Max Payne is notable for being the game that popularised bullet time. Press the right mouse button with a direction and Max will fling himself in a direction in slow motion, allowing for a cinematic streak of headshots as you dive into a wall. It never gets old, which is good because the majority of the game will be spent popping through doorways to surprise mobsters. I think tactical shooters would be a lot more amusing if you could breach a room by having a whole squad dive in with dual SMGs. The bullet time doesn’t feel overpowered, since bullets move like projectiles in this mode, meaning you have to lead your shots. The game is also very difficult and you can be killed easily, which ties in with the idea of Max going up against ridiculous odds. This is fine, since the game accommodates fuck-ups by snapping you instantaneously back to your last save with a button press. The running and gunning is great, but like many games of its time, it has awkward platforming elements. The worst examples are in the ‘dream sequence’ levels, which include running along and jumping between rails thinner than the character model. Another gameplay issue which tripped me up was the fact you have to click after selecting a weapon to equip it, which might not seem like much, but often meant I would get confused for a second before being blown away by a goon’s shotgun.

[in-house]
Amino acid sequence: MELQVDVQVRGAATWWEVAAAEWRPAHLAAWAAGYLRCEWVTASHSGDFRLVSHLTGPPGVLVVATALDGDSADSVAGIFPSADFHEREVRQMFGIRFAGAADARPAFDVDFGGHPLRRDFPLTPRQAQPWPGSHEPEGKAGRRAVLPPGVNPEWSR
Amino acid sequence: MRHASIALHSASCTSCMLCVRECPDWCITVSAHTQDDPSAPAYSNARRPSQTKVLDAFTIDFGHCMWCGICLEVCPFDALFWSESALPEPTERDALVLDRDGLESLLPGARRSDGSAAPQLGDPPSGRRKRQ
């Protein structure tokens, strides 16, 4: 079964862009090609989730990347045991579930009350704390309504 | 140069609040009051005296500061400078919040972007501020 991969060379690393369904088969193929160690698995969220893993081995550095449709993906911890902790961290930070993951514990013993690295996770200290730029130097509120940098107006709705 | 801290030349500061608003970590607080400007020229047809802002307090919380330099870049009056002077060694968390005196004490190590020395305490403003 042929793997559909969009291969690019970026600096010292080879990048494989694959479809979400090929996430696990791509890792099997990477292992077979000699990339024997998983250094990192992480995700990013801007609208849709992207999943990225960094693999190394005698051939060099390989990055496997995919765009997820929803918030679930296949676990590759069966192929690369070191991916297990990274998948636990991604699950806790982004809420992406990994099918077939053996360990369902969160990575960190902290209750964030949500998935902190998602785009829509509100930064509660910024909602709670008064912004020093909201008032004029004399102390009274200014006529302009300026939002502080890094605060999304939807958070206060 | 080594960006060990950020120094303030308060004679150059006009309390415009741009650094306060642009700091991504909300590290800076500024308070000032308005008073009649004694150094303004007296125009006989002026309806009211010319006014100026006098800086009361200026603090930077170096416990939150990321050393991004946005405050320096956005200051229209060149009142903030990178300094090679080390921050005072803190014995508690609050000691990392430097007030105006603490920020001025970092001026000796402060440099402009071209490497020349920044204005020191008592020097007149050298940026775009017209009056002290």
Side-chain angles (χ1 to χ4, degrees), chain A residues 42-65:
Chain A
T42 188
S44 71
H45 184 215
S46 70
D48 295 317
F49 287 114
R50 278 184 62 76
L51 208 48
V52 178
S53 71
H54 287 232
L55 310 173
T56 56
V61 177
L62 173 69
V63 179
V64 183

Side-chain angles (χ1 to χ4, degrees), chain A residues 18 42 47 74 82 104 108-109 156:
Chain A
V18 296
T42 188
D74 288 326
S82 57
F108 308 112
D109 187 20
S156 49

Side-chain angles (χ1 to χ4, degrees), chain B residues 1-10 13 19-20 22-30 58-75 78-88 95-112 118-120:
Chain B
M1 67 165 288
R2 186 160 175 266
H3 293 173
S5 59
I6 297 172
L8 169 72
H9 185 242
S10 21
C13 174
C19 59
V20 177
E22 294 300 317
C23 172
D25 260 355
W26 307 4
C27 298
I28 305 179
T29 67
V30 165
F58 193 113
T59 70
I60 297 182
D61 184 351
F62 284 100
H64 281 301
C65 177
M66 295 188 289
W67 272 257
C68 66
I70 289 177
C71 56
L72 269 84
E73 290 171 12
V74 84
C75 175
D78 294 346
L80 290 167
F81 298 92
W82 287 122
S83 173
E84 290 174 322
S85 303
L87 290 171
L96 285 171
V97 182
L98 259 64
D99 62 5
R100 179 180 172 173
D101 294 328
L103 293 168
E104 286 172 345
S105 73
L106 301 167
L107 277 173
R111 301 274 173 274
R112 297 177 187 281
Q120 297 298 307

As expected, it is not the most visually arresting game on the market. Max Payne’s character model in particular is slightly scary, featuring Sam Lake’s face screwed up and then reproduced with the technology of the day. Animations are clumsy, my favourite being the weapon drawing one, where a character will hold as little of a pistol as possible, like it’s covered in faeces. The game also includes clunky in-engine cutscenes, which stand out even more when they are contrasted with the elegant graphic novel scenes.

The soundtrack is generally good. The theme song is an appropriate slow jazz track and the graphic novel cutscenes feature a variation on it that mixes very well with the voice-overs. Elsewhere, the music seems to draw from a rather eclectic range of film score influences: ‘60s spy guitar riffs, late ‘70s horror ambience and the synthesisers and electric drums of ‘80s action films. In many settings such a variety might feel uneven, but these inspirations fit well with the content of the game. The soundtrack is let down a little in the combat encounters that feature high tempo metal tracks, which make the game smell of cheese a bit too much along with reminding you of the game’s release year.

On the bug front, the most serious issue I encountered was a point where a cutscene focused on the enemies ahead of me, but then returned to gameplay with the camera still fixed on them. This is potentially gamebreaking, and the only way I could get around it was memorising the path backwards and keep moving until the camera returned to me. When I initially launched the game, I found there was no sound other than an occasional bitcrushed fart when rapidly firing a weapon. This is apparently an issue with the Steam version of game running on newer operating systems, which can be fixed with a download from the Max Payne community guide page.